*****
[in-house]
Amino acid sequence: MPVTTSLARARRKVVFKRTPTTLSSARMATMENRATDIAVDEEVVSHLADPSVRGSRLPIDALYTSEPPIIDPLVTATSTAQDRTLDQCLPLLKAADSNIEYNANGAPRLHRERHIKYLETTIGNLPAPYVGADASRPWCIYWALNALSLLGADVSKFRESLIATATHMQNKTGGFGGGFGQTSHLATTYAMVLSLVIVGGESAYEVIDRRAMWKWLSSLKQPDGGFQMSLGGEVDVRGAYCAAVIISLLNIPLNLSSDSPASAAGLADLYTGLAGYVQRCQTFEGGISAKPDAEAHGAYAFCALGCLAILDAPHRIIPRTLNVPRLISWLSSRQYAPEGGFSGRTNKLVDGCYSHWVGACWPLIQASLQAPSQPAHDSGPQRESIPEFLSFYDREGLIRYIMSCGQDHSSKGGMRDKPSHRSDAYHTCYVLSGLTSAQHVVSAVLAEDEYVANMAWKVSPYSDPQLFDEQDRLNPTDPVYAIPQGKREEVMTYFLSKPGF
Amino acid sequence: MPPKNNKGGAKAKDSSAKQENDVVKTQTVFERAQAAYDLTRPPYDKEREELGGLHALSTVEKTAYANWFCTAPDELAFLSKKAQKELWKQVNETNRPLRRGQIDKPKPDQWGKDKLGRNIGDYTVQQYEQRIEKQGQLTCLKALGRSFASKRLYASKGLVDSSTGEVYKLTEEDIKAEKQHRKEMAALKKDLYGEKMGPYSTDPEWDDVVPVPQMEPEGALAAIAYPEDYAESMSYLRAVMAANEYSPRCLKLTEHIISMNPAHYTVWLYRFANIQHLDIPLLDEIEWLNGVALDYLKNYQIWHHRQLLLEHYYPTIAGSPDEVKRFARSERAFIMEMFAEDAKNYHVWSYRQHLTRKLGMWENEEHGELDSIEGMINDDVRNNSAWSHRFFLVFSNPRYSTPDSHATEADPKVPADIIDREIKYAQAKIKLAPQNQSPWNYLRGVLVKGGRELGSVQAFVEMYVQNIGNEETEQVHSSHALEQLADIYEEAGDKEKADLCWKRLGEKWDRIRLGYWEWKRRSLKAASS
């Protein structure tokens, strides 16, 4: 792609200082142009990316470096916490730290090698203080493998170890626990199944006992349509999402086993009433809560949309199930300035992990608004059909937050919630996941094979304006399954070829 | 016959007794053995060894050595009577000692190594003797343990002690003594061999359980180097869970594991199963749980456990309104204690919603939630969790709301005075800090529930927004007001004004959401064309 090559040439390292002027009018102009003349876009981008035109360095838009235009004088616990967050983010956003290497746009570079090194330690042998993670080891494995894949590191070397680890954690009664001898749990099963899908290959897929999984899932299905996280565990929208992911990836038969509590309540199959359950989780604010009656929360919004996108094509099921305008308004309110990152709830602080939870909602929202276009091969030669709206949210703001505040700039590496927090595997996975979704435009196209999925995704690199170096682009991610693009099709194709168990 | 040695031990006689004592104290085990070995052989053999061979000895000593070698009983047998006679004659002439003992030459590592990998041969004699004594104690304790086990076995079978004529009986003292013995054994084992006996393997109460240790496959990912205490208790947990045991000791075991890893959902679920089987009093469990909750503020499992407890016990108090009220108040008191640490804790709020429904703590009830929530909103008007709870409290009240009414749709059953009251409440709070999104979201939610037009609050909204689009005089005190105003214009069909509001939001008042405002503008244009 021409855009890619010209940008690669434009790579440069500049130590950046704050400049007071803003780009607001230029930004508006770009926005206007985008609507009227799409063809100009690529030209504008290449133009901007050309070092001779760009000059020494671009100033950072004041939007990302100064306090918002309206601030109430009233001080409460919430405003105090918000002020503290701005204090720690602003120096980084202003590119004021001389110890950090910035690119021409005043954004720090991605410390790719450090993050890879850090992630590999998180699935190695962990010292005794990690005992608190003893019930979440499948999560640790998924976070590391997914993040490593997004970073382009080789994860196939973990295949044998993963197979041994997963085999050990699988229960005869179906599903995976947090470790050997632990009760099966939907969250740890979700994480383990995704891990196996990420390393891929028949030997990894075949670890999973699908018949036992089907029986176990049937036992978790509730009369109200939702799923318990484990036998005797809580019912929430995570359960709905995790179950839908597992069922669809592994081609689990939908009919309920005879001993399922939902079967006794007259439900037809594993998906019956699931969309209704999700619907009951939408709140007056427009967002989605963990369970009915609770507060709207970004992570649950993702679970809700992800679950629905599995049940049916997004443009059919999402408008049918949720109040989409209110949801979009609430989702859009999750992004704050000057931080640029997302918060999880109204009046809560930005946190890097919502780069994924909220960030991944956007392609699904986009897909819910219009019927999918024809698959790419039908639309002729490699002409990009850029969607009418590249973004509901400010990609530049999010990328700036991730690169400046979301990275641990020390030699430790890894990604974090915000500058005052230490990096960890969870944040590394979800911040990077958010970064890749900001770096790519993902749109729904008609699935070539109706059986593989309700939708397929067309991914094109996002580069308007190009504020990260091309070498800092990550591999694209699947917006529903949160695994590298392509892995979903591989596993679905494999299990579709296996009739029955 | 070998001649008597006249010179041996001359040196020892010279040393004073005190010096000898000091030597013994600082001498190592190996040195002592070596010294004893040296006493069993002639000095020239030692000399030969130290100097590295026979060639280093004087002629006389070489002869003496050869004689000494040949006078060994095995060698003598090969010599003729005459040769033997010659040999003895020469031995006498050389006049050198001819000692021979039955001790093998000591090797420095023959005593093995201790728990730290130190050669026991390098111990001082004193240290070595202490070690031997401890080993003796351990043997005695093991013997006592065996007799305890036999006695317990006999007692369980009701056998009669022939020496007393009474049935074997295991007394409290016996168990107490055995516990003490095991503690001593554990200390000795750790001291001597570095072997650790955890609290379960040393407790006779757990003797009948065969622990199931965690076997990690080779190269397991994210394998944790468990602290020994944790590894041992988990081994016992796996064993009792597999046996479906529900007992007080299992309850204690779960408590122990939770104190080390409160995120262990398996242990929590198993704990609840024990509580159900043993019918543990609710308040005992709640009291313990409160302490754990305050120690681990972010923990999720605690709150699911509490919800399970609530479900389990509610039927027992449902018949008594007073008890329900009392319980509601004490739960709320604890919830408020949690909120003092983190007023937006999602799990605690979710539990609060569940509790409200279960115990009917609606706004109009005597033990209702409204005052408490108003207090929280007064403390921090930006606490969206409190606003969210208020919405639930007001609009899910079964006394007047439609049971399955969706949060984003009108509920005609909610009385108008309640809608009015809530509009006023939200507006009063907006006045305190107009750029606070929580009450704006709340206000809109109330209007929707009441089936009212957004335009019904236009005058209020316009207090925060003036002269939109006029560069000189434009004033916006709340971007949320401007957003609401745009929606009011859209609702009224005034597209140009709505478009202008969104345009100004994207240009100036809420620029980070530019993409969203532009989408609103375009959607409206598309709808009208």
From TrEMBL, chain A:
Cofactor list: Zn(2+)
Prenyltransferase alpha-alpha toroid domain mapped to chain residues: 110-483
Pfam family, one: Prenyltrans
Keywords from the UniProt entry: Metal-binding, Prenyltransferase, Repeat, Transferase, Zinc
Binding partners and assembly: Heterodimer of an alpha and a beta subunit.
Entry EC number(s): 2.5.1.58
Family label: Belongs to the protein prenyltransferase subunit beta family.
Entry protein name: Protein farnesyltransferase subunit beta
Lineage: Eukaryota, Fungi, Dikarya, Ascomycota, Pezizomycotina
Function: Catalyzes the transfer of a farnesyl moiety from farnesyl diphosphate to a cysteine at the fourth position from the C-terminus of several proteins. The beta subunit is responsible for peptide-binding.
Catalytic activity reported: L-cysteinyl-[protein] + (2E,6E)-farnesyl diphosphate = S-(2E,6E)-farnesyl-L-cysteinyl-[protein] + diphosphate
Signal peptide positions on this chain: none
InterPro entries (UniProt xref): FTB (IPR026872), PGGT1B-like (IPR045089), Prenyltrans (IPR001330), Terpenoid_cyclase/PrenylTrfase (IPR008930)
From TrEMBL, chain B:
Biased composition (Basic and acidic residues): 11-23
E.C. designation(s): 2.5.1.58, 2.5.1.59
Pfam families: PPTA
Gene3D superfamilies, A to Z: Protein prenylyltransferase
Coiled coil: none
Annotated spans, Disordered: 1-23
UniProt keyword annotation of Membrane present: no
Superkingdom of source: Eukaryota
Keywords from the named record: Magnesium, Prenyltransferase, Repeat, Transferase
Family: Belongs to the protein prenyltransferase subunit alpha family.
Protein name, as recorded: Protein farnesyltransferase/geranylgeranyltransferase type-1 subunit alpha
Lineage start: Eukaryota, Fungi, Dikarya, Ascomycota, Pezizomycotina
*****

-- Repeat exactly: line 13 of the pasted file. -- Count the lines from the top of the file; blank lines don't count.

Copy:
Entry protein name: Protein farnesyltransferase subunit beta